Posted on 3rd November 2018 @ 11:01 am
The second and most recent documentary by broadcaster Al Jazeera regarding match fixing in cricket should now finally force ICC (International Cricket Council) to face the fact that there is evidence of potential widespread corruption in the game and an investigation at the very least should take place into the findings of both programmes.
The latest offering from Al Jazeera centres around a notorious cricket match fixer Aneel Munawar, who has been operating for the last 8 years. The documentary engineered an undercover meeting with Munawar in the guise of a businessman working on behalf of rich investors to pay Munawar large sums of money for information on sections of play in 15 international match’s (usually the amount of runs scored in a 10 over period) and Munawar successfully inform them of the outcome of 25 out of 26 passages of play (with the one losing bet, out by 1 run) and can easily be credited as an accident. Independent analysis on this shows that the outcome by guesswork alone would be around 9.2 million to 1.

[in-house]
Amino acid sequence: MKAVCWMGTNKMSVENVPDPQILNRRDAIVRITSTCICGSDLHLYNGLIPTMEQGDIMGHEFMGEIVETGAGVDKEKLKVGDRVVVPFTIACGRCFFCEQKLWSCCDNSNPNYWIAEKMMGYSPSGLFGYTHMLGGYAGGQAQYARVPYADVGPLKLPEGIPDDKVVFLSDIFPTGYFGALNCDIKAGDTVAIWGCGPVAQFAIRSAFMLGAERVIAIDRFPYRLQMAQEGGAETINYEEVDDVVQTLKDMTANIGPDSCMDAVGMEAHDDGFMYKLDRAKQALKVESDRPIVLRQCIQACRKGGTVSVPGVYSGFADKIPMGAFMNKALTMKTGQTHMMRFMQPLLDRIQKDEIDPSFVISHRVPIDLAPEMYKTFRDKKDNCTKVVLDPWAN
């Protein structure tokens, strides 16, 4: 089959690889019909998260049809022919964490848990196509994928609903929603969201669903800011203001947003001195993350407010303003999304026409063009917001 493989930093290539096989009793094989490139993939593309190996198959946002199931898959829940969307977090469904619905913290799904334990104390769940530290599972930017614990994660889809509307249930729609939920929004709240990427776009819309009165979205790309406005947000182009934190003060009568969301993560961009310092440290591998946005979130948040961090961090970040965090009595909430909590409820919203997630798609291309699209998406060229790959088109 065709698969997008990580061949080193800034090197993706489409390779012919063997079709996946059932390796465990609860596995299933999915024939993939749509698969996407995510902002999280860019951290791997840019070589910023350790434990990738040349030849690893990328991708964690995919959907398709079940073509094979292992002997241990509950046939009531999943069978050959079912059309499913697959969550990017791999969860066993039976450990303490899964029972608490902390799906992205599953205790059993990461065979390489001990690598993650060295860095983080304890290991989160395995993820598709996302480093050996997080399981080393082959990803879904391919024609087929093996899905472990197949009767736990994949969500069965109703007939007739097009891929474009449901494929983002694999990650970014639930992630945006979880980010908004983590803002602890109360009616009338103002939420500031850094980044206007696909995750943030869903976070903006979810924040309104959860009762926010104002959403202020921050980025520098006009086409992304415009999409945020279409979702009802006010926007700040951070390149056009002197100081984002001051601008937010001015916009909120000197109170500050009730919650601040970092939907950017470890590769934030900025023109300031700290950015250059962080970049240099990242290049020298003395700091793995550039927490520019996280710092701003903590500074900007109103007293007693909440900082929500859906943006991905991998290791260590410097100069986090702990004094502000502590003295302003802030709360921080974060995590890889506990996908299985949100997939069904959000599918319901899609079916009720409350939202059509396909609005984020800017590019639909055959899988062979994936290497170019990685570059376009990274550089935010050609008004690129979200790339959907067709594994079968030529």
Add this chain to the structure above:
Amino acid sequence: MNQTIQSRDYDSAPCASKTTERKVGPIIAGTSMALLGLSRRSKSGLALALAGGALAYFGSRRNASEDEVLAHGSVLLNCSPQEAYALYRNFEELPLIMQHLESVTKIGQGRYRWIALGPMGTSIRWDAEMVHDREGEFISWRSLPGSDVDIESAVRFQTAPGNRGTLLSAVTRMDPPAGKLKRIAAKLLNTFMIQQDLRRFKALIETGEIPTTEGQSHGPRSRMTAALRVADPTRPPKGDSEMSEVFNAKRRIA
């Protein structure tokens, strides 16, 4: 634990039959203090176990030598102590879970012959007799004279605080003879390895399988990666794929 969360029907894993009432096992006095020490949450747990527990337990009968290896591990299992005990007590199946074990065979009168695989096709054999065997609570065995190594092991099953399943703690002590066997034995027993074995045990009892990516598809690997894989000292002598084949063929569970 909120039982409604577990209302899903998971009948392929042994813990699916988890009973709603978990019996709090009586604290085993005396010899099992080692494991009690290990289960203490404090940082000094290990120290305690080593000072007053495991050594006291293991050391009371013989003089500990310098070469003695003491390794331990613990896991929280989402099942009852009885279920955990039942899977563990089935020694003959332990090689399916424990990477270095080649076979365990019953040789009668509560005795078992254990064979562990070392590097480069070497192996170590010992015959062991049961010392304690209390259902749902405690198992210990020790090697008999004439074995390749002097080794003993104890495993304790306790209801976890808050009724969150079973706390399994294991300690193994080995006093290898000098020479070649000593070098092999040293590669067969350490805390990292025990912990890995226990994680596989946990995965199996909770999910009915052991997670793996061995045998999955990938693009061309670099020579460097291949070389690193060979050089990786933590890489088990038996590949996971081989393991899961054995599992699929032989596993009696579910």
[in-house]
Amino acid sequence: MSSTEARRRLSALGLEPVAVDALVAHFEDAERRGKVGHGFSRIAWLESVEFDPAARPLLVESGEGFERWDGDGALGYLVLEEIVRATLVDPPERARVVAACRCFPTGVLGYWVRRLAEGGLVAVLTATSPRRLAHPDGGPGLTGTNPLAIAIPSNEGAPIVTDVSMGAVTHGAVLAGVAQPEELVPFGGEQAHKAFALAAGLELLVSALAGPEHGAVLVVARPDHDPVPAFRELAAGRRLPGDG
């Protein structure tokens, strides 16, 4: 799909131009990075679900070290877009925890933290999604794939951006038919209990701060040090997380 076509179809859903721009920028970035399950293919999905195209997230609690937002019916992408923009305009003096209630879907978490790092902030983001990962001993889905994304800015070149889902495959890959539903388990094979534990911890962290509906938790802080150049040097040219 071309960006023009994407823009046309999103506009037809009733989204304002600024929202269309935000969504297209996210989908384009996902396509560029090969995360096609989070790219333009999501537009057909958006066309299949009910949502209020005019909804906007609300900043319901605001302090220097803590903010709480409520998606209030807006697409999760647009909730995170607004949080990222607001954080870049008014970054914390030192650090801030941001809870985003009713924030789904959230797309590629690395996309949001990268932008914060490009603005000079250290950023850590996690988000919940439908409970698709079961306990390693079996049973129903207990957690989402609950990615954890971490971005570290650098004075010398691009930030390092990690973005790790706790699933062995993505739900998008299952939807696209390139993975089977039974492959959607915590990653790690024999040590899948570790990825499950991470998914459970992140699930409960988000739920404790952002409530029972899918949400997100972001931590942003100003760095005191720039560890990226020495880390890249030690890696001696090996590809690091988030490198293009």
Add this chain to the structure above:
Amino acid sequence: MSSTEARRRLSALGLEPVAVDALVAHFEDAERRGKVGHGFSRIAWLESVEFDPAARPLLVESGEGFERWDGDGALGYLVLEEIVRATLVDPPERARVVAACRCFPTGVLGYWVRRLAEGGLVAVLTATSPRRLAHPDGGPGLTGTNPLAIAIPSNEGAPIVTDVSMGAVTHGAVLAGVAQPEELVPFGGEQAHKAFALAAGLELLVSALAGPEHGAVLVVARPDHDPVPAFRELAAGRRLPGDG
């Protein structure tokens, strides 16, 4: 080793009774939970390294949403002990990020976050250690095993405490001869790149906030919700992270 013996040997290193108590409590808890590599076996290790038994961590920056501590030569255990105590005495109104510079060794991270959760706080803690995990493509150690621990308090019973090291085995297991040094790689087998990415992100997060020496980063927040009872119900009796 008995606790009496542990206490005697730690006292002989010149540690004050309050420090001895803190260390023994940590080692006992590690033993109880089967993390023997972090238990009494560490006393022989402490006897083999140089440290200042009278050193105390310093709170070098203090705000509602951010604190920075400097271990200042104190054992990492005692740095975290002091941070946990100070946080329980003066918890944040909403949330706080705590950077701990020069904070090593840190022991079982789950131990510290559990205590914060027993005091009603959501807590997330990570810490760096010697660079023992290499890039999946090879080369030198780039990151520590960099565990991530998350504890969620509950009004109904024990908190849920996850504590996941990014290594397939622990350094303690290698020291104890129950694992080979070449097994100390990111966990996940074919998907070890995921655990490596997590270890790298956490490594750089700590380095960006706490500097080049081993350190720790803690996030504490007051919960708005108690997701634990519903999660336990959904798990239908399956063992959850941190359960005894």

While not an irrefutable case on this alone, the history of the last decade has seen players banned and, in some cases, jailed from the following countries of England, India, Pakistan, Bangladesh, South Africa, Sri Lanka, New Zealand and Zimbabwe. The immediate aftermath of the documentary seems to be antagonism between the Al Jazeera and the ICC with the ICC saying of the programme: “Whilst the limited information we have been given by Al Jazeera is poorly prepared and lacks clarity and corroboration it has been properly assessed” and goes on to talk in dismissive tones of what has been brought forward.
With Al Jazeera now keen on taking its findings to Interpol at the exclusion of the ICC who they claim they have no faith in dealing with corruption of the game. It would seem that the ICC and all international cricket boards have really got to come together on this issue as it seems incredibly likely that corruption is taking place at the highest level and its more likely a case of who and when as opposed to if certain periods of matches are.
Filed Under: Betfan, Cricket, Al Jazeera, Bangladesh, ICC, Zimbabwe